In this corner we have U.S.-based solar installers, developers and some manufacturers and in this corner we have other U.S.-based solar manufacturers—both are on different sides of the U.S. Commerce Department’s final ruling on whether Chinese companies were dumping photovoltaic (PV) modules on the U.S. market.
Ultimately the Commerce Department implemented anti-dumping duty tariffs of 52.13 percent and anti-subsidy tariffs of 38.72 percent on most Chinese solar panel imports and anti-dumping rates of 19.50 on Chinese panels partly manufactured in Taiwan. The tariffs are set to take effect as soon as February 2015. Detractors of the ruling, which include the Solar Energy Industries Association, argue the ruling could increase solar costs and cost U.S. jobs.
The complaint alleged that Chinese PV manufacturers were selling their solar panels at lower prices in an attempt to gain market share and reduce competition—it’s a long-running controversial issue. The Commerce Department responded by imposing preliminary tariffs on Chinese imports and on Dec. 16 it finalized its ruling on tariffs—also closing a loophole that allowed Chinese companies to manufacture PV party in other countries, mainly Taiwan, to avoid paying the tariffs.
The original complaint came from Oregon-based SolarWorld USA, which launched the Coalition for Solar Manufacturing (CASM) to support tariffs on these imports. “These remedies come just in time to enable the domestic industry to return to conditions of fair trade,” said Mukesh Dulani, U.S. president of SolarWorld. “The tariffs and scope set the stage for companies to create new jobs and build or expand factories on U.S. soil,” he contended.
SIEA, on the other hand, was less optimistic of the ruling. “Today’s ill-advised and unprecedented decision will harm many and benefit few,” said Rhone Resch, SEIA president and CEO. “We remain steadfast in our opposition because of the adverse impact punitive tariffs will have on the future progress of America’s solar energy industry. It’s time to end this costly dispute, and we’ll continue to do our part to help find a win-win solution.”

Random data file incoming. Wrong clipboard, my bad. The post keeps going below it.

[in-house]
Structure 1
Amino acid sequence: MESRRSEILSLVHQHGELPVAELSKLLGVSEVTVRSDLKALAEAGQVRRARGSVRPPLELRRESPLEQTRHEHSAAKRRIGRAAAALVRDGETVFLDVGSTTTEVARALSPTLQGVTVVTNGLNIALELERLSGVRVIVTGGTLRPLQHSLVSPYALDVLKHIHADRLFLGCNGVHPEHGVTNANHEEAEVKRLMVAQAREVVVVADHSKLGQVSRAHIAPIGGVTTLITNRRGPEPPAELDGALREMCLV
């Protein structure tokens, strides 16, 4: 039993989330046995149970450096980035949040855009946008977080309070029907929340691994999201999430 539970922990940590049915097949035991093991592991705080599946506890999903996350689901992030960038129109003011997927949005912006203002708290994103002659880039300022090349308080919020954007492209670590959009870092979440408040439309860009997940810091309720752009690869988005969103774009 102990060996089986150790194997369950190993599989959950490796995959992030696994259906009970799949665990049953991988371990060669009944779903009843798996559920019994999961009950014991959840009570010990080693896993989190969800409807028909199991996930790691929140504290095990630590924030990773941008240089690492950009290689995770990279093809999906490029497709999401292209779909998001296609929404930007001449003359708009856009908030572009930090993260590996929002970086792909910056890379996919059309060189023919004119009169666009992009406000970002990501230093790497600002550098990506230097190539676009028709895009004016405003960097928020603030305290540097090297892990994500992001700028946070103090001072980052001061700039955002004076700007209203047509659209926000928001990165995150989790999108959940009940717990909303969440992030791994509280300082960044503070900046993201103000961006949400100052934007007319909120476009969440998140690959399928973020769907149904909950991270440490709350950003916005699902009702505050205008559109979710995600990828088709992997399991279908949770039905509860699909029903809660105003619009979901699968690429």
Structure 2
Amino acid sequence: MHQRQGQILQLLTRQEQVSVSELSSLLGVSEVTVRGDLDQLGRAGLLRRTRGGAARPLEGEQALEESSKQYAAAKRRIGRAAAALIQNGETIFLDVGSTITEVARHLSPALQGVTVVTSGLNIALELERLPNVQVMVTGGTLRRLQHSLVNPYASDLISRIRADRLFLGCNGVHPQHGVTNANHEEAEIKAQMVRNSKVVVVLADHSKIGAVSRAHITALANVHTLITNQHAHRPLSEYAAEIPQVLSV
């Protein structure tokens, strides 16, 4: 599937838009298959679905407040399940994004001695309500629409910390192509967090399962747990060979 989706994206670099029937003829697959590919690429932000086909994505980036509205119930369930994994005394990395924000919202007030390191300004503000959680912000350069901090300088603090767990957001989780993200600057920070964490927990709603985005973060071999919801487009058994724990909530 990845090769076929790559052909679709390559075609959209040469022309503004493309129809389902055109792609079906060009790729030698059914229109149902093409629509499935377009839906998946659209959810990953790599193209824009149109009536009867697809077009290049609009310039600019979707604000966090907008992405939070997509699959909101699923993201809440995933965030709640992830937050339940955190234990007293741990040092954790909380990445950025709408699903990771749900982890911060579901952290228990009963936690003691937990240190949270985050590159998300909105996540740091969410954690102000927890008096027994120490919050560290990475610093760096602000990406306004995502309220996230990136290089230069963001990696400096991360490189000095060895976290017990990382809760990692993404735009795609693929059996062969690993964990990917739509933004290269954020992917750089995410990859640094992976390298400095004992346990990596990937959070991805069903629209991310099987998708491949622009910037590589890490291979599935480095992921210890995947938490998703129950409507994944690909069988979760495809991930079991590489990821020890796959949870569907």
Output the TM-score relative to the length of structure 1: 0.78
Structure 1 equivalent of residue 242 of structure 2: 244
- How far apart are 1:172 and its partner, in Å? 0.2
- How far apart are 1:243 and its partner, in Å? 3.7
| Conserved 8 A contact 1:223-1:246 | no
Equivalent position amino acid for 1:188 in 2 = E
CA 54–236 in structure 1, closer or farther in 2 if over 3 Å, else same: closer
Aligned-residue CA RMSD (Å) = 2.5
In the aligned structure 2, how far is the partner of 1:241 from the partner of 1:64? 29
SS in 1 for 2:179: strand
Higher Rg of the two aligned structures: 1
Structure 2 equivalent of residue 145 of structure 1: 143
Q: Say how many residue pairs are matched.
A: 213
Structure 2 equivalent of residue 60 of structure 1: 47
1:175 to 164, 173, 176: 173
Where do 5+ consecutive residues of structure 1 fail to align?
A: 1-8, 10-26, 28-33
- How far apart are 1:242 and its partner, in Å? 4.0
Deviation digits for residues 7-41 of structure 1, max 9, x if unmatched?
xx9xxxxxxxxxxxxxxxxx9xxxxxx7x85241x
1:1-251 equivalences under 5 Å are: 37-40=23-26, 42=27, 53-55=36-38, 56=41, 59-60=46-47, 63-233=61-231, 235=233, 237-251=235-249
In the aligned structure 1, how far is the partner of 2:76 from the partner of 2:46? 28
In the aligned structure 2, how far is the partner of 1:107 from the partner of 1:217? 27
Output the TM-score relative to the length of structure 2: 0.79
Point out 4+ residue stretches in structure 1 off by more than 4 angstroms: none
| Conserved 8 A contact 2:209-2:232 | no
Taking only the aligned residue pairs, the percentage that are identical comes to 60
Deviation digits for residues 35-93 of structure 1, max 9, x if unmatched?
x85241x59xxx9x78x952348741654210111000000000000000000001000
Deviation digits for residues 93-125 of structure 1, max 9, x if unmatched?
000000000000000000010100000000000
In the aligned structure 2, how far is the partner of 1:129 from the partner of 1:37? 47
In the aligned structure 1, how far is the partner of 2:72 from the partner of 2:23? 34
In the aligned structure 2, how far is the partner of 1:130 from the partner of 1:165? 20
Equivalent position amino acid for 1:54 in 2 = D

Rhone’s sentiment was echoed by the Coalition for Affordable Solar Energy (CASE). “Today’s decision by the U.S. Department of Commerce to further tax solar panels from China, even those with key components made in the U.S., will undercut the growth of American solar jobs, hurt the American solar industry and make it more difficult for solar technology to compete against fossil fuels. These unnecessary taxes inhibit competition and put upward pressure on solar panel prices needed by U.S. homeowners, installers, and utilities.
“Taxing solar trade undermines both the spirit and efficacy of pledges made by the U.S. and China to work together in the battle against global warming,” said CASE President Jigar Shaw. “Hundreds of megawatts of solar projects remain unrealized due to deleterious solar trade barriers in the U.S., China, Europe and globally. Eliminating taxes in cleantech trade represents the lowest-hanging fruit in the global fight against climate change.” Indeed, some U.S. companies like First Solar have numerous projects in China that haven’t made progress they could have had the tariffs not been in place.
Both SEIA and CASE are arguing that U.S. and China should continue to work together and negotiate in an attempt to reduce dumping and preserve competition in the solar industry across the world.Tweet